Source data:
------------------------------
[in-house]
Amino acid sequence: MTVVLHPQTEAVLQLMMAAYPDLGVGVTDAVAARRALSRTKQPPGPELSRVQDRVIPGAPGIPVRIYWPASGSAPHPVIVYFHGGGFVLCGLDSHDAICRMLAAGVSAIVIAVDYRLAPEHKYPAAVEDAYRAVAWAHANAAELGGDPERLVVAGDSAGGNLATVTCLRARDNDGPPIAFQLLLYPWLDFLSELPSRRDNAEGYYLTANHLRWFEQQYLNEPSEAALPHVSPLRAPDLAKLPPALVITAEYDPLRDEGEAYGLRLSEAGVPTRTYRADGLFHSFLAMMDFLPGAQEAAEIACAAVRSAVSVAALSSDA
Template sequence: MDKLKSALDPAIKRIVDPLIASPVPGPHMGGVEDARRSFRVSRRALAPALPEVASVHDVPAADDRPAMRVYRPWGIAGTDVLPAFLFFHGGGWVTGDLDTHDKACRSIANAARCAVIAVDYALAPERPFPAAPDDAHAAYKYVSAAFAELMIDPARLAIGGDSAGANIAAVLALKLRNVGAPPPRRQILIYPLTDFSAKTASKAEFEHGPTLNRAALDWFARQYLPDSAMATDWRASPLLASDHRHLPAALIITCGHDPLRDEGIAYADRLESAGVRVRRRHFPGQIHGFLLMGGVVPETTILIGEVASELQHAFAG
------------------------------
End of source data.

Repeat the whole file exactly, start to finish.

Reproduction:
[in-house]
Amino acid sequence: MTVVLHPQTEAVLQLMMAAYPDLGVGVTDAVAARRALSRTKQPPGPELSRVQDRVIPGAPGIPVRIYWPASGSAPHPVIVYFHGGGFVLCGLDSHDAICRMLAAGVSAIVIAVDYRLAPEHKYPAAVEDAYRAVAWAHANAAELGGDPERLVVAGDSAGGNLATVTCLRARDNDGPPIAFQLLLYPWLDFLSELPSRRDNAEGYYLTANHLRWFEQQYLNEPSEAALPHVSPLRAPDLAKLPPALVITAEYDPLRDEGEAYGLRLSEAGVPTRTYRADGLFHSFLAMMDFLPGAQEAAEIACAAVRSAVSVAALSSDA
Template sequence: MDKLKSALDPAIKRIVDPLIASPVPGPHMGGVEDARRSFRVSRRALAPALPEVASVHDVPAADDRPAMRVYRPWGIAGTDVLPAFLFFHGGGWVTGDLDTHDKACRSIANAARCAVIAVDYALAPERPFPAAPDDAHAAYKYVSAAFAELMIDPARLAIGGDSAGANIAAVLALKLRNVGAPPPRRQILIYPLTDFSAKTASKAEFEHGPTLNRAALDWFARQYLPDSAMATDWRASPLLASDHRHLPAALIITCGHDPLRDEGIAYADRLESAGVRVRRRHFPGQIHGFLLMGGVVPETTILIGEVASELQHAFAG